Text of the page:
Knight Letter № 100

In July 2018, the members of the LCSNA (Lewis Carroll Society of North America) received the 100th Knight Letter.

(A friend told me that the caterpillar (here without hookah) on the front page is a Hickory Horned Devil.)

Also in this issue, Goetz Kluge makes the case that a seventeenth-century engraving may have influenced Henry Holiday’s last illustration for The Hunting of the Snark. Goetz’s excellent blog about all things Snark is at

Preface to the Knight Letter № 100, LCSNA, 2018

On pages 55~56 you find a few lines which I wrote about the Baker and Thomas Cranmer in The Hunting of the Snark.

There also is an accompanying web page.

Incidentally, in parallel to my little note in the Knight Letter № 100 on the Baker’s “hot” names and on Henry Holiday’s pictorial reference to Thomas Cranmer’s burning, a paper »Life, Eternity and Everything, Hidden Eschatology in the Works of Lewis Carroll« suggesting textual references from The Hunting of the Snark to Thomas Cranmer’s Forty-Two Articles has been published in The Carrollian (July 2018, № 31, p.25~41), a journal of the Lewis Carroll Society in the UK. The author, Karen Gardiner, is an Anglican priest. She also addresses the objections of Revd. C.L. Dodgson (aka Lewis Carroll) against the dogma addressed by Article № 42 of Thomas Cranmer’s Forty-Two Articles.

Karen Gardiner (2018) and I (2015), as well as Angus MacIntyre (1994) and Mary Hibbs (2017), we all independently from each other suggested that there are such references to Thomas Cranmer and his Forty-Two Articles (the Baker’s forty-two boxes) – coming from different starting points and different backgrounds. As for me, I initially just looked for Lewis Carroll’s (C.L. Dodgson’s) textual references as guidance for finding pictorial references in Henry Holiday’s illustrations.

Twitter | Seven Coats


2018-07-28, updated 2019-07-12

Mental Troubles

Perhaps I may venture for a moment to use a more serious tone, and to point out that there are mental troubles, much worse than mere worry, for which an absorbing object of thought may serve as a remedy.

  • There are sceptical thoughts, which seem for the moment to uproot the firmest faith:
  • there are blasphemous thoughts, which dart unbidden into the most reverent souls:
  • there are unholy thoughts, which torture with their hateful presence the fancy that would fain be pure.

Against all these some real mental work is a most helpful ally. That “unclean spirit” of the parable, who brought back with him seven others more wicked than himself, only did so because he found the chamber “swept and garnished,” and its owner sitting with folded hands. Had he found it all alive with the “busy hum” of active work, there would have been scant welcome for him and his seven!

(Charles Lutwidge Dogdgson: Pillow Problems and A Tangled Tale, 1885, p. XV;
see also: Life & Letters. Bulletpoints not by Dodgson.)


As any human, Carroll/Dodgson was battling with all kind of temptations. As we know, speculations about possible temptations in his private life keep feeding the pop culture Carroll debate since the 1930s. The controversy even might marginalize the religious conflicts which the Reverend Dodgson was struggeling with. I think that one of these serious conflicts was Charles Darwin’s challenge to fundamental religious beliefs. Darwin’s discoveries surely had (and still have) the potential to uproot the firmest faith in various religions.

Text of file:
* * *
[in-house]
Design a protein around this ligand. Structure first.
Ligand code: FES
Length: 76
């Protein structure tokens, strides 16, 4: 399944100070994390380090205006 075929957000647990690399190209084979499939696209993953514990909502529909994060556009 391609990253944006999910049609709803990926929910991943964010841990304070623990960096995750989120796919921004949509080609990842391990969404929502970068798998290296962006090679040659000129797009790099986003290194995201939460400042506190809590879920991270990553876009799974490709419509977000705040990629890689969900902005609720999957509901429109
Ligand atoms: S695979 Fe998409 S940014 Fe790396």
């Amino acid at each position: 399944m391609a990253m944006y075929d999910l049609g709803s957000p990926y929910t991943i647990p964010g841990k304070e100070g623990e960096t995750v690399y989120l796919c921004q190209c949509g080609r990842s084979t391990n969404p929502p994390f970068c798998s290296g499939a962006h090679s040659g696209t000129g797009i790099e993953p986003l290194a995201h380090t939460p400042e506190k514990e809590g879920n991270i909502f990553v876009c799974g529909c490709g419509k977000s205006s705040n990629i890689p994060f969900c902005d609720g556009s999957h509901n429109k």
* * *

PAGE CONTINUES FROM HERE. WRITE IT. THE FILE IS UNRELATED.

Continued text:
I don’t know to which degree the illustrator Henry Holiday discussed and aligned with Carroll his choice of pictorial references in his illustrations to Carroll’s The Hunting of the Snark, but there is a pictorial reference to mental troubles: St. Anthony’s temptations (painting by Matthias Grünewald). In one of Holiday’s illustrations you see Colenso’s arithmetic textbook. Like Anthony, also Carroll needed lots of mental work as an distraction from sceptical, blasphemous and unholy thoughts. Anthony probably found help in the Bible. Interestingly, the Reverend Dodgson used mathematics to resist the temptations.

I saw this math textbook in Holiday’s illustration since many years. Only recently that led me to the assumption (which probably always will be just an assumption) that Holiday might have placed that book into his illustration as a hint to how Carroll used math to keep his brain busy with “some real mental work” as a “most helpful ally” in his battle against the temptations which haunted him.

By the way: Possible references in “The Hunting of the Snark” to St. Anthony and to Darwin had been addressed by Mahendra Singh already in June 2007, more than two years before I started my Snark hunt. He and John Tufail were among my most helpful scouts during that hunt.

2020-06-11, update: 2020-07-12

Waistcoat Poetry


There was an old man of Port Grigor,
Whose actions were noted for vigour;
He stood on his head
till his waistcoat turned red,
That eclectic old man of Port Grigor.

Edward Lear, 1872


He was black in the face,
and they scarcely could trace
The least likeness to what he had been:
While so great was his fright
that his waistcoat turned white –
A wonderful thing to be seen!

Lewis Carroll, from “The Hunting of the Snark”, 1876


Martin Gardner annotated (MG058) to The Hunting of the Snark that Elizabeth Sewell pointed out in The Field of Nonsense (1952) that a line in Carroll’s poem has a similarity to a line in a limerick by Edward Lear.

See also:

In The Field of Nonsense (I use a 2015 reprint), Elizabeth Sewell compared Carroll’s waistcoat stanza and Lears’s waistcoat limerick while taking a safe distance to considering “mutual plagiarism” by stating that “there is no evidence that either man was familiar with the other’s work”, adding that “the likeness do not in any case suggest borrowings…” (p. 9). However, Carroll/Dodgson knew Lear’s work (Marco Graziosi).

2017-09-11, update: 2020-07-10

Hunting the CoV

Projects 16800-16803,16805-16808

Cause: covid-19

This is the first COVID19 project from our lab. We are assembling the envelope protein, which is an ion channel important for viral function. Learning about how it forms can inform the design of molecules that will prevent proper assembly.